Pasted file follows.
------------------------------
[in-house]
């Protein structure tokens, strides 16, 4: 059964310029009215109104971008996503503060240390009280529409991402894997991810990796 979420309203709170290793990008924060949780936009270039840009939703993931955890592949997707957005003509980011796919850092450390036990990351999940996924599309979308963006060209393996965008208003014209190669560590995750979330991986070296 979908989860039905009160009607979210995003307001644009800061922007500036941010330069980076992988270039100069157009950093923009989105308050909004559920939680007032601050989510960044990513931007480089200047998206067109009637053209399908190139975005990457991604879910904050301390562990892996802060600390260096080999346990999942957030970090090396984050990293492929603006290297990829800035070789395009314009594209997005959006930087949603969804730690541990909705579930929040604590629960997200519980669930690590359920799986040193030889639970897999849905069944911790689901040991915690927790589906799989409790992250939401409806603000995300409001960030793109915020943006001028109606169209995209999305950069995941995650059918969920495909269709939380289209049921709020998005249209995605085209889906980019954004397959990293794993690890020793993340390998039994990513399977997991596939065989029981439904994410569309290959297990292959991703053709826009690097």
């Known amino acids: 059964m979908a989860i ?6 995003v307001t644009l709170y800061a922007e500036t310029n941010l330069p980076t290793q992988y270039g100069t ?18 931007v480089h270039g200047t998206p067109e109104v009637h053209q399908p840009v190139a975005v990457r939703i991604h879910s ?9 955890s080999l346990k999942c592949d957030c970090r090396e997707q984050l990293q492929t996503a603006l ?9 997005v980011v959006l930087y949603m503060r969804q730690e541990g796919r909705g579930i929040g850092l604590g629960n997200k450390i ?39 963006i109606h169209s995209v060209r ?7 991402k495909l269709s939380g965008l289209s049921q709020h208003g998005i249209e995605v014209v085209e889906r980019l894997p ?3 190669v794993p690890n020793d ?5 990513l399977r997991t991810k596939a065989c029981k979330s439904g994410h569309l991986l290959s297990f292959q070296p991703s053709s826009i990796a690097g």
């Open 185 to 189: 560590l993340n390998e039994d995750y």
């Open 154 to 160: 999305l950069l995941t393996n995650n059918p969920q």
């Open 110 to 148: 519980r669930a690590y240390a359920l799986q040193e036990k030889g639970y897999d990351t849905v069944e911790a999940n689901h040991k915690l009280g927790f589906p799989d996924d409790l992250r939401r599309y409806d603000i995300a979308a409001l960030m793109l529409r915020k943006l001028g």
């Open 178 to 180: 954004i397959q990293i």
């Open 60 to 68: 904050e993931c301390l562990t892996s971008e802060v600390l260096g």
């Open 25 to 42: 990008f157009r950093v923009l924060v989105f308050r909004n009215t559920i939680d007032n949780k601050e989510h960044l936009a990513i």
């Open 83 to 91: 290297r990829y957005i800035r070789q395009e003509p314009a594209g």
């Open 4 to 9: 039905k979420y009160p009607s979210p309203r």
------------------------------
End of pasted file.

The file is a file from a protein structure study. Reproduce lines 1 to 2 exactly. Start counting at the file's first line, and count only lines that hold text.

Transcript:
[in-house]
């Protein structure tokens, strides 16, 4: 059964310029009215109104971008996503503060240390009280529409991402894997991810990796 979420309203709170290793990008924060949780936009270039840009939703993931955890592949997707957005003509980011796919850092450390036990990351999940996924599309979308963006060209393996965008208003014209190669560590995750979330991986070296 979908989860039905009160009607979210995003307001644009800061922007500036941010330069980076992988270039100069157009950093923009989105308050909004559920939680007032601050989510960044990513931007480089200047998206067109009637053209399908190139975005990457991604879910904050301390562990892996802060600390260096080999346990999942957030970090090396984050990293492929603006290297990829800035070789395009314009594209997005959006930087949603969804730690541990909705579930929040604590629960997200519980669930690590359920799986040193030889639970897999849905069944911790689901040991915690927790589906799989409790992250939401409806603000995300409001960030793109915020943006001028109606169209995209999305950069995941995650059918969920495909269709939380289209049921709020998005249209995605085209889906980019954004397959990293794993690890020793993340390998039994990513399977997991596939065989029981439904994410569309290959297990292959991703053709826009690097």